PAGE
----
Side effects of surgery

After surgery to your thyroid gland you may have some side effects. Some will go away with time but others may continue to affect you. If you have your whole thyroid gland removed your body will no longer produce thyroid hormones. You will need to replace them by taking tablets for the rest of your life. If you have a lobectomy, you may also need to take thyroid hormones.

Other side effects you may have include:

  • a hoarse voice
  • change in the calcium level in your blood – your doctor can prescribe calcium supplements to boost the calcium levels
  • a scar – this will usually be at the line of your collar and in one of your skin folds, making it less visible
  • neck stiffness
  • tiredness.

Your doctor will talk to you about these side effects before your operation. You can ask your nurse or doctor if you are worried about any of these changes.

Thyroid hormones

If you have all of your thyroid gland removed, your body will no longer produce thyroid hormones. You will need to replace them by taking tablets for the rest of your life.

If you have had a lobectomy, you may also need to take thyroid hormones, but this is unlikely. Your doctor or specialist nurse can tell you whether you will need to.

Hoarse voice

The thyroid gland is close to the nerves that control your vocal cords. Occasionally, these nerves can be bruised or damaged during surgery. This can make your voice sound hoarse and weak. Your doctor may check your vocal cords before and after your surgery.

A hoarse, weak voice is usually a temporary problem, but may be permanent in a very small number of people. You may be referred to a speech and language therapist for specialist advice.

Change in calcium levels

There is a small risk that surgery to remove the thyroid gland will damage the parathyroid glands. These are four very small glands behind the thyroid gland. They make parathyroid hormone, which helps to control the level of calcium in your blood.

If your parathyroid glands are damaged, the level of calcium in your blood may become low (hypoparathyroidism). This can cause:

  • tingling in your hands or feet, or around your mouth
  • unusual muscle movements, such as jerking, twitching, spasms or muscle cramps.

Your doctor or nurse will check the calcium level in your blood after your operation. If your calcium level is low, they will give you calcium either as a tablet or through a drip in your arm. They will check your calcium levels every day until they improve.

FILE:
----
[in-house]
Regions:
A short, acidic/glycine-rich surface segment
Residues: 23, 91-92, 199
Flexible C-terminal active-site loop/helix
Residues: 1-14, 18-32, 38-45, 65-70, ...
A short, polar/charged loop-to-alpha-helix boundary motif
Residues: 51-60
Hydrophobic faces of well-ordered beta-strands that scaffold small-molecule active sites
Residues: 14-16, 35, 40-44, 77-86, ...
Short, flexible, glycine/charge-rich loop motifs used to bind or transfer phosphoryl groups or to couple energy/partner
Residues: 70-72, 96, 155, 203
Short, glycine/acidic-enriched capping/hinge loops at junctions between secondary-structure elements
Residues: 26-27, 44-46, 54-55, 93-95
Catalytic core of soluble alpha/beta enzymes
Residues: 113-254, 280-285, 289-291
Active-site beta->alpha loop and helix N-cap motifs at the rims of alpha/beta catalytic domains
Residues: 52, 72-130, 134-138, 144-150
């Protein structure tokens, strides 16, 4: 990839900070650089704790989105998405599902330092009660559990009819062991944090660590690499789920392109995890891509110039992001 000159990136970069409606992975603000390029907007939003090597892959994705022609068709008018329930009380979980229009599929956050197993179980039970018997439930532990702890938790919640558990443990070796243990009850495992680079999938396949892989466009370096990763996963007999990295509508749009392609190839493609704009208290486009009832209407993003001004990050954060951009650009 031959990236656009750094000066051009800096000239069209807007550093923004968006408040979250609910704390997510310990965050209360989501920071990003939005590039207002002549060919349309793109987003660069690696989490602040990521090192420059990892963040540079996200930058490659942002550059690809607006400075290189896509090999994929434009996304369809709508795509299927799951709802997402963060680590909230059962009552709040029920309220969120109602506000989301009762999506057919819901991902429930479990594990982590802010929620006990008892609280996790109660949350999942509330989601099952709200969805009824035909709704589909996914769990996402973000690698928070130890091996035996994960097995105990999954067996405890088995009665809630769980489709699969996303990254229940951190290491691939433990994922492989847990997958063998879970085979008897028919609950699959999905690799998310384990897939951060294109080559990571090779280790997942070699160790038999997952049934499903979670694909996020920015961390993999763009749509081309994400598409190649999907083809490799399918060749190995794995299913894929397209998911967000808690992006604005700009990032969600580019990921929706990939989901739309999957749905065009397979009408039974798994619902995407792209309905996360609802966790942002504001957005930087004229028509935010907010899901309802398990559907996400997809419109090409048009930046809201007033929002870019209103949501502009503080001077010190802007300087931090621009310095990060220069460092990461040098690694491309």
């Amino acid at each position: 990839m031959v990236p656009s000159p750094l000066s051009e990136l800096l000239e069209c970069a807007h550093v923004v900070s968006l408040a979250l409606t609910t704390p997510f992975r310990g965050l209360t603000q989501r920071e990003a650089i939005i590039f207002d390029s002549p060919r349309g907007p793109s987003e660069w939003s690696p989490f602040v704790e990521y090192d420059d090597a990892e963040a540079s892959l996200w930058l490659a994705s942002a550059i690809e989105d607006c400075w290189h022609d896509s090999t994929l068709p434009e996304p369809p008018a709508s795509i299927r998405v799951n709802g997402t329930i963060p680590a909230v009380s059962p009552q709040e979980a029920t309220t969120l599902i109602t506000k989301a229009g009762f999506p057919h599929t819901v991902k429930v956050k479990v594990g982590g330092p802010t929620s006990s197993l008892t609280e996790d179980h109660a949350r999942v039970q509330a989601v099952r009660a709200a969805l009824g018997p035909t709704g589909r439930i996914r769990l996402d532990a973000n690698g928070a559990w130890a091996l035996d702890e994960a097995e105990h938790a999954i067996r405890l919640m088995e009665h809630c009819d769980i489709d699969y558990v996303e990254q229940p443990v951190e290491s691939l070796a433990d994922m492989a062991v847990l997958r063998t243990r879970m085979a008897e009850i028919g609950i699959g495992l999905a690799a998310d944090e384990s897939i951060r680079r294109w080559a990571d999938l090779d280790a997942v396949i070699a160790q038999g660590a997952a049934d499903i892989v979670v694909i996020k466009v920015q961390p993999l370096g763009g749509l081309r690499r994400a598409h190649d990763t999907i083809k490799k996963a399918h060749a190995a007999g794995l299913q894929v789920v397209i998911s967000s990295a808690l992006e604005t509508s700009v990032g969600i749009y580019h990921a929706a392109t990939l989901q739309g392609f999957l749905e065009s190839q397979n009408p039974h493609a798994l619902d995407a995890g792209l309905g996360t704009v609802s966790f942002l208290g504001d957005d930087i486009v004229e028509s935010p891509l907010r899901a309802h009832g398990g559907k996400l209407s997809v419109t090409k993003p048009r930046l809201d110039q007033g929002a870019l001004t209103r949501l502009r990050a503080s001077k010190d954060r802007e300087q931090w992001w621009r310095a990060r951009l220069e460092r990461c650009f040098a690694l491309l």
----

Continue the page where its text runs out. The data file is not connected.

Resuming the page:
Your doctor will prescribe calcium, and possibly vitamin D supplements, for you to take at home. They will arrange for you to have regular blood tests to check your calcium levels. You should take the calcium tablets at least four hours before or after taking thyroid hormone replacement tablets.

You will often only need these supplements for a short time. Your doctor will tell you how long you need to take them for. If the calcium level in your blood continues to be low, one of your doctors will monitor it regularly. This will often be an endocrinologist or your GP.


After your operation, you will have a small scar at the level of your collar line on the front of your neck. The scar will usually be in one of your natural skin folds, and it will fade as it heals. If you have more extensive surgery to remove lymph nodes, you may have a bigger scar.

We have more information about covering scars.

The scar on my neck was pretty big and visible at first, but now it isn't too bad.


Neck stiffness

Your neck may feel stiff and uncomfortable after surgery. This usually gets better after a few weeks. But it may continue for longer if you have had more extensive surgery to remove some of your lymph nodes. Your doctor will prescribe painkillers to help and may refer you to a physiotherapist.

Tiredness and mixed emotions

It is normal to feel tired for a few weeks after your thyroid gland has been removed. Many people also find that they experience a mixture of emotions after surgery. This is natural as your body adjusts to the effects of the surgery.

Back to Surgery

Surgery for thyroid cancer

Surgery for thyroid cancer removes part or all of the thyroid gland. You may have some lymph nodes removed from your neck.

Who might I meet?

A team of specialists will plan your surgery. This will include a surgeon who specialises in your type of cancer.

Thyroid replacement therapy

If you have part, or all, of your thyroid gland removed you may need to take thyroid hormone replacement tablets.

Follow-up care after surgery

You will have follow-up appointments after your surgery to check on your recovery and talk about any concerns.